Mesoscopic Quantum Phenomena
Author(s): M. Arndt
Journal: Compendium of Quantum Physics
Page(s): pp 379-384
DOI Number: 10.1007/978-3-540-70626-7_118
Link: Link to publication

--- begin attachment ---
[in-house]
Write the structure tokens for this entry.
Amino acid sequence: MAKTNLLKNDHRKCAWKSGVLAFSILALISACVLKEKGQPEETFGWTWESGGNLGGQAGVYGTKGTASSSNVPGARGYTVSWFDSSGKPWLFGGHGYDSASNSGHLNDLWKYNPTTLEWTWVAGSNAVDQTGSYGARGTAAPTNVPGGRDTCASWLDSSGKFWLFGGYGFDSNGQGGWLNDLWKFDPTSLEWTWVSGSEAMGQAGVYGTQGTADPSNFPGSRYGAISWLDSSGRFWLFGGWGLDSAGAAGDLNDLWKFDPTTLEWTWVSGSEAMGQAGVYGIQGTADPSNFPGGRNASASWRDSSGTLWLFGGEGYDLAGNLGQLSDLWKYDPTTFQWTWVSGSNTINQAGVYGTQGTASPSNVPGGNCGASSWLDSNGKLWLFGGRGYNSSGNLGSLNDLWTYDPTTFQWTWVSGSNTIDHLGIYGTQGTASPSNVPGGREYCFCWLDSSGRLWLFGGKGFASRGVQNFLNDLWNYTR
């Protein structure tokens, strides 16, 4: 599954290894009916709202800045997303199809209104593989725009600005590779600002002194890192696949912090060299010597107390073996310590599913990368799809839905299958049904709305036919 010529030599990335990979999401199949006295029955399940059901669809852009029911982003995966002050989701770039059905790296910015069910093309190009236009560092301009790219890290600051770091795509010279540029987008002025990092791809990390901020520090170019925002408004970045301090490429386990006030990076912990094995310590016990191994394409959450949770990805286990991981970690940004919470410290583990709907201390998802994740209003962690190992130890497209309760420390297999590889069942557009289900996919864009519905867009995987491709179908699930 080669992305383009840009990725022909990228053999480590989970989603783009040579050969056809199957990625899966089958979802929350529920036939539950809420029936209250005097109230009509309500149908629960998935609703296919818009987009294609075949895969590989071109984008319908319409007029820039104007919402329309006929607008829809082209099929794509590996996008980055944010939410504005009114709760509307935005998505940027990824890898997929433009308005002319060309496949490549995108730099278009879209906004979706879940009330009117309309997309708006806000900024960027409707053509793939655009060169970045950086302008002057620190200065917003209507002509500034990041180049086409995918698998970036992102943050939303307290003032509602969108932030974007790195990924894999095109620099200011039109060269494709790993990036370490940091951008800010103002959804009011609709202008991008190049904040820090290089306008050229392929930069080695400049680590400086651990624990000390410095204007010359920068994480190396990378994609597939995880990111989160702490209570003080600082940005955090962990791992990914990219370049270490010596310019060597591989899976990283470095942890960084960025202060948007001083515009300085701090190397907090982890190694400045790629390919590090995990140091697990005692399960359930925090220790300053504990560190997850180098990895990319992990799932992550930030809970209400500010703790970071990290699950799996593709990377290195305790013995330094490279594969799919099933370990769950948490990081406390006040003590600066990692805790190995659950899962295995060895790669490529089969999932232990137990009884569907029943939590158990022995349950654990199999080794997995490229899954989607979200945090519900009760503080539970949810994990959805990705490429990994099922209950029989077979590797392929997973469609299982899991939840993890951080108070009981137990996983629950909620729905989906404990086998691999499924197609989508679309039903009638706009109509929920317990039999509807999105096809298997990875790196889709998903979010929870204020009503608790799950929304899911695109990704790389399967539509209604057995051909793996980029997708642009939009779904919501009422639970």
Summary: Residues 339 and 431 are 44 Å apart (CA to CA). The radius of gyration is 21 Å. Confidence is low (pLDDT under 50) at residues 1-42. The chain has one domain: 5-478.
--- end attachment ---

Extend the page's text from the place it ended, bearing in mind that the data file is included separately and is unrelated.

Quantum physics was first developed to understand the properties of small individual objects such as photons (► light quantum), atoms and molecules. And many features of quantum physics, such as the discreteness of energy levels, the ► superposition of mutually exclusive states, quantum interference or ► entanglement are usually not directly accessible to our human senses. Colloquially we therefore often separate between microscopic and macroscopic in the sense of ‘being observable or unobservable by the unaided eye’ rather than in the more physical sense where microscopic would refer to objects in the micrometer size range. In physics, the notion of mesoscopic quantum phenomena is generally used for systems with dimensions somewhere in the middle (in Greek: meso = middle) between the microscopic and the macroscopic world. In practice, mesoscopic systems mostly range between a few and a few hundred nanometers. They are large enough to contain many particles and can therefore be described by average properties, such as density or conductivity. On the other hand they are small enough for their lateral extensions to match characteristic lengths, such as the coherence length or the mean free path. Mesoscopic quantum systems therefore often exhibit unique physical properties such as size-dependent electronic properties, transport phenomena and more. The following examples select some of the most quoted mesoscopic quantum phenomena [6,9–11].